Vertex may have misjudged the data that regulators will want to see before approving one of the company’s most prized pipeline drugs.On Monday, the Food and Drug Administration held a workshop on developing medicines for alpha-1 antitrypsin deficiency, a genetic disorder where lack of a protein called AAT causes lung and liver damage. Vertex aims to treat the disorder with VX-814, an experimental therapy that should yield Phase 2 proof-of-concept results by next year.Older treatments for the disease gained approval based on how much AAT was in patients’ plasma. Vertex has said VX-814 could be initially cleared for market based on that measure, yet equity analysts who covered Wednesday’s workshop aren’t so sure. They now believe the FDA will be looking for functional data like improved liver and lung health, which could make a pivotal trial for Vertex’s drug “larger and longer than anticipated,” according to Geoffrey Porges of SVB Leerink.
Investors have pushed Vertex about what diseases it will target beyond cystic fibrosis. On the company’s second quarter earnings call, executives were quick to tout the positive effect VX-814 showed in preclinical testing, and how the drug was quickly advancing into Phase 2.
R&D chief Reshma Kewalramani, who is poised to be Vertex’s new CEO, said the mid-stage study would be of “very reasonable” size and duration because its main goal revolves around AAT levels and activity. Yet that data may not be enough for regulators.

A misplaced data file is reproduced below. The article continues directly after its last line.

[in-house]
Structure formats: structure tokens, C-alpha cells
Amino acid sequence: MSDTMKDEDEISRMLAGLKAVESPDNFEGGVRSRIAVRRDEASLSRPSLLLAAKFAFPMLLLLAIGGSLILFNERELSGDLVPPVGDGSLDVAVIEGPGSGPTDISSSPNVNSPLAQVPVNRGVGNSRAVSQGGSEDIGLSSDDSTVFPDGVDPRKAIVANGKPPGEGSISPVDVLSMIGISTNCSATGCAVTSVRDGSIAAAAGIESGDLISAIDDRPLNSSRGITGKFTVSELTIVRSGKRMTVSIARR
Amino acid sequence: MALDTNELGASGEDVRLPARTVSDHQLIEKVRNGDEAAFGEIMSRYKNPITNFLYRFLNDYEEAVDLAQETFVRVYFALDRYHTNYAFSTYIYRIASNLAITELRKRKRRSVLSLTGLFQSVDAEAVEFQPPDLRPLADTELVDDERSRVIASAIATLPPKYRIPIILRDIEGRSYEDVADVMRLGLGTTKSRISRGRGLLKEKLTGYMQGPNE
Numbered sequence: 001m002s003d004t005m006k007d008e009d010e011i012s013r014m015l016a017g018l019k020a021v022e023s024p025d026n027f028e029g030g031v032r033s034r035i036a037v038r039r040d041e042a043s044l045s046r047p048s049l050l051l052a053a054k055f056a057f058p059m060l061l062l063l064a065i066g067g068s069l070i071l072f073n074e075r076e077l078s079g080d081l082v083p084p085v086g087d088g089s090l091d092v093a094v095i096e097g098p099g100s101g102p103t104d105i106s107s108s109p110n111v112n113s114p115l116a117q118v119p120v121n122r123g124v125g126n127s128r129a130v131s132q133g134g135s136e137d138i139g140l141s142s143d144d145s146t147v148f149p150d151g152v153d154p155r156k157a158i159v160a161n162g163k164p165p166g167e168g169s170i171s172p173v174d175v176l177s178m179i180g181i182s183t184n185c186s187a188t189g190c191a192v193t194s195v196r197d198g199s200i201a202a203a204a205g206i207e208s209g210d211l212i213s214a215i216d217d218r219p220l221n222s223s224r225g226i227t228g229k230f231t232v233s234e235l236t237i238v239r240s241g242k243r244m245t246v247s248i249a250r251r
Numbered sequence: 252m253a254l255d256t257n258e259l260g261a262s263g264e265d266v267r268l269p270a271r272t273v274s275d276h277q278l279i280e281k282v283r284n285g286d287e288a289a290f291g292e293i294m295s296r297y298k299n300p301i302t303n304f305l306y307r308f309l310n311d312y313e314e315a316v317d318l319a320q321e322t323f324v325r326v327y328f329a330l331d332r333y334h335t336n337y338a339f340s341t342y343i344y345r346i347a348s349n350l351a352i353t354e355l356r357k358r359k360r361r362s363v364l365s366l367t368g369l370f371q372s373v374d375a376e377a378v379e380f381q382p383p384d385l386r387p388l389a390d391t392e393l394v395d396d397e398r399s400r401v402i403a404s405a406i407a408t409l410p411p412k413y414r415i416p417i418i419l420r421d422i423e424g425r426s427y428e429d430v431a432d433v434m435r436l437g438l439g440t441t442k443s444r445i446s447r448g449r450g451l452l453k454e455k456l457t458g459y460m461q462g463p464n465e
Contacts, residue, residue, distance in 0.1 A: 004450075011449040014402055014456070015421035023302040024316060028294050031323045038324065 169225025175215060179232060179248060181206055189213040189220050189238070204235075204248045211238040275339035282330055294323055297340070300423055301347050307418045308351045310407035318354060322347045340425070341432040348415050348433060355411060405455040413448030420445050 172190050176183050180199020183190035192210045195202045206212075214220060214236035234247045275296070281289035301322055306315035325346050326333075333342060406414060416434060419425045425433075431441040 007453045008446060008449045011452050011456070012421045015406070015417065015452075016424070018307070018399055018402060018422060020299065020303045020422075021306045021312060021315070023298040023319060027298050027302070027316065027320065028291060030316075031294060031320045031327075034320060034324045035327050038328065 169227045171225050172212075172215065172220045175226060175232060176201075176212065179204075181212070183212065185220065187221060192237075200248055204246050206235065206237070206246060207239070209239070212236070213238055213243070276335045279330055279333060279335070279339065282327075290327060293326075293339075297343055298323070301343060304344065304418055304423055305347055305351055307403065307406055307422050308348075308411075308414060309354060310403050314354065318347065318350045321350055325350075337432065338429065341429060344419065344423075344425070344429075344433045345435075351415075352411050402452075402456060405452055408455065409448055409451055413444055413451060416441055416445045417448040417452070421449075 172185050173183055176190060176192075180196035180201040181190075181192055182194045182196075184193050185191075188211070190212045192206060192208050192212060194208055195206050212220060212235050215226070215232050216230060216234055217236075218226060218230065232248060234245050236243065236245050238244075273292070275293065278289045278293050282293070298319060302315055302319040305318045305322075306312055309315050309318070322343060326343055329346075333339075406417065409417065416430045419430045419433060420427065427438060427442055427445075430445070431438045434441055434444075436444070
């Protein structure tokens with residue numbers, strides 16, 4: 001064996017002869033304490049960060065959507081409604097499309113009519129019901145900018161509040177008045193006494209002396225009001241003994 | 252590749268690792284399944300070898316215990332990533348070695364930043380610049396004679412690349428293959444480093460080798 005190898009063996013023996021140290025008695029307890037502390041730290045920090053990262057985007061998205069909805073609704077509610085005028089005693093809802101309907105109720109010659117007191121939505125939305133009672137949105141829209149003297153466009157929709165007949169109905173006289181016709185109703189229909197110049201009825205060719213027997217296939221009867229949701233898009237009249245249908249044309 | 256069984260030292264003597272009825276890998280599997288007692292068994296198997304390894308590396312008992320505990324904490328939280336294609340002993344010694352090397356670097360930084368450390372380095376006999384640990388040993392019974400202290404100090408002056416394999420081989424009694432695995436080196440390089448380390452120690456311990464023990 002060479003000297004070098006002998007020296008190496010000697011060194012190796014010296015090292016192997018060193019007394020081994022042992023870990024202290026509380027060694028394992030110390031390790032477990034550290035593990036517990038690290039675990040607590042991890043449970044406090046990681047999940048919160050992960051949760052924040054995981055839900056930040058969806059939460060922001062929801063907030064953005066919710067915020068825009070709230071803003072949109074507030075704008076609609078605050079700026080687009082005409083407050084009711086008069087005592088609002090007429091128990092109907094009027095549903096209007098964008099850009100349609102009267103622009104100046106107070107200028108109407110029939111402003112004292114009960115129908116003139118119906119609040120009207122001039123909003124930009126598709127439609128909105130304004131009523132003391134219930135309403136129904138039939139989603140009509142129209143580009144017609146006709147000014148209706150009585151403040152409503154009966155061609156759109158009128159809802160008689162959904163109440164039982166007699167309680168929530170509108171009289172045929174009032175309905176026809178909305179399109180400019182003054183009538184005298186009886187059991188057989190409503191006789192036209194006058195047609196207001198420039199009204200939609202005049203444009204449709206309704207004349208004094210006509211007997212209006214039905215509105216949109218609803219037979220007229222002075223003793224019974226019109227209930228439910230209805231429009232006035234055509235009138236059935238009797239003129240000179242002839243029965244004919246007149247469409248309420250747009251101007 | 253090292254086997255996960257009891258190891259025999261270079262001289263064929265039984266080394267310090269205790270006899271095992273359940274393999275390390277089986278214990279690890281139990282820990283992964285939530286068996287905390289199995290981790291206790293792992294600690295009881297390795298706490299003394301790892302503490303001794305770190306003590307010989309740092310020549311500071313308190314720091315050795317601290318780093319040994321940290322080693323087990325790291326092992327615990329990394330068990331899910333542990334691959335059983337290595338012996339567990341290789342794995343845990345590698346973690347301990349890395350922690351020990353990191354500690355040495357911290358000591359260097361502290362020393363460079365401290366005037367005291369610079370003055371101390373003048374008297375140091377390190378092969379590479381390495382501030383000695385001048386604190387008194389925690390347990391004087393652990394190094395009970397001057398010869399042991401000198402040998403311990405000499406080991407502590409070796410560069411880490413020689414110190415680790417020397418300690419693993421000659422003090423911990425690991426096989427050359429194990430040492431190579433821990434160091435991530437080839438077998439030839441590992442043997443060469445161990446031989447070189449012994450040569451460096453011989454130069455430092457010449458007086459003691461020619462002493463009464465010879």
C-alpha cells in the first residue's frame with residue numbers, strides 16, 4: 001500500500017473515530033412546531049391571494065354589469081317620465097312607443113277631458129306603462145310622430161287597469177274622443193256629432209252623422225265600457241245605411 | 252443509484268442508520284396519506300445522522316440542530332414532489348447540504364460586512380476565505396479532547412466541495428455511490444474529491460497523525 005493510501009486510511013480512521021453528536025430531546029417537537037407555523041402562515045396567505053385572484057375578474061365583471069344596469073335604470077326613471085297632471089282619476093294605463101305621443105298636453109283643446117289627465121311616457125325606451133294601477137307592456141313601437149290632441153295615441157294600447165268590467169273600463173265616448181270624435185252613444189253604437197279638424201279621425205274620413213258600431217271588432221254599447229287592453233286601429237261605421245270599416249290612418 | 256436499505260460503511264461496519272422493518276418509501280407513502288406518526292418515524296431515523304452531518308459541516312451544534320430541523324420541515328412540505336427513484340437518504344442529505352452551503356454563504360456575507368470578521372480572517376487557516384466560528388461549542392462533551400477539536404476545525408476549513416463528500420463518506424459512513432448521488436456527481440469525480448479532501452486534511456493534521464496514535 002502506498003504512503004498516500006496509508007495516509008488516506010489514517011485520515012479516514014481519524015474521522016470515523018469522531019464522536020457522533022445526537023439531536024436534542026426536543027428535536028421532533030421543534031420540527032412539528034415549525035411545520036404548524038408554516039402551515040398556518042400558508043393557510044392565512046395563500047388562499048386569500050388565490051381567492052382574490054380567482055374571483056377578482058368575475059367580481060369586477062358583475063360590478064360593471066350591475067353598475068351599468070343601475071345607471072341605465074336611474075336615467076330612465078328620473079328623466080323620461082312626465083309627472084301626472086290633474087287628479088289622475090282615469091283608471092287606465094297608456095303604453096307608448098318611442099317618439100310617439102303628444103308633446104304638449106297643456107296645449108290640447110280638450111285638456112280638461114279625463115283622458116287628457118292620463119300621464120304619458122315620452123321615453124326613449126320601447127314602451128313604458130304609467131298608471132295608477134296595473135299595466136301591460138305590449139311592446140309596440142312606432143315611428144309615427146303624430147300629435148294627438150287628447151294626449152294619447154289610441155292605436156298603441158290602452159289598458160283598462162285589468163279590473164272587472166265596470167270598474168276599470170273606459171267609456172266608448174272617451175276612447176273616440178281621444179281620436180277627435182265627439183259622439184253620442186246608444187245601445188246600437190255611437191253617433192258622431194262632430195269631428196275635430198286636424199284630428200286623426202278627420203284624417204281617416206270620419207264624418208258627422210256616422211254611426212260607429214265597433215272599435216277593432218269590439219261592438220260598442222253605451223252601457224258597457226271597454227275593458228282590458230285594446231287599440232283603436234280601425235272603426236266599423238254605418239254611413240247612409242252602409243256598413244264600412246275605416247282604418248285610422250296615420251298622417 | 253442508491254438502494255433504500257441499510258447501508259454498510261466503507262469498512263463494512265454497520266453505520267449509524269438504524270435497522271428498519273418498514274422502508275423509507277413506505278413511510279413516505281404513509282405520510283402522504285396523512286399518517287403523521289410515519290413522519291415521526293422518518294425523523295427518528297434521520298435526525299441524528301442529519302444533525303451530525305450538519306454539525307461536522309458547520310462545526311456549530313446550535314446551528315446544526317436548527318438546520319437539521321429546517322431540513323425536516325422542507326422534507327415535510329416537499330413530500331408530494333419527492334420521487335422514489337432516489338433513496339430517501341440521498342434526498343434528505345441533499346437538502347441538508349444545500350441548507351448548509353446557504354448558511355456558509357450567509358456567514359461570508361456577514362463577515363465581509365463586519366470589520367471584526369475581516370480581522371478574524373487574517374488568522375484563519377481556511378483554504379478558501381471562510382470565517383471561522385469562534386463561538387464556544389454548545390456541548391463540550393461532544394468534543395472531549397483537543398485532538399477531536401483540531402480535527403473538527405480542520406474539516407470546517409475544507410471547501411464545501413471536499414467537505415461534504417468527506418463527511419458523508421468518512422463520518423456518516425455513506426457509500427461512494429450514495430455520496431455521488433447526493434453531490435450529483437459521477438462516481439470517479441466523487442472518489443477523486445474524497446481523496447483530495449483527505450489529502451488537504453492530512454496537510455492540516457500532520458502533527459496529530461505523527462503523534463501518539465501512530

Slides from the meeting cited by Porges show that the FDA wants future AAT deficiency clinical trials to show “substantial evidence of clinical effectiveness.” To do so, the drug in question should demonstrate a positive trend on endpoints like FEV1, an indicator of lung health that measures how much air a person can breathe out in one second.
Porges argues that such endpoints present a challenge to Vertex and other AAT deficiency drugmakers, since few patients are diagnosed with the disease and, presumably, only a fraction of them would be enrolled in clinical trials.
A functional endpoint rather than a biomarker endpoint could extend a pivotal study of VX-814 from several months in duration to several years by Porges’ estimates. It would also “significantly increase the patient sample required, as the pre-test assumptions and variability would be less well-known than for a standard assay of serum AAT levels.”
While data requirements may become tougher, Jefferies analyst Michael Yee pointed out potential bright spots. The FDA, he noted, will consider the “totality of data” when making approval decisions. It might also allow investigators to use a larger p-value when evaluating the statistical significance of a drug’s effect, he said.
The FDA hasn’t yet published any guidance to drugmakers on development of drugs for AAT deficiency, but Porges expects that to change soon. Whether or not biomarker endpoints are considered should go some ways to determining how long Vertex’s road to a new drug might take.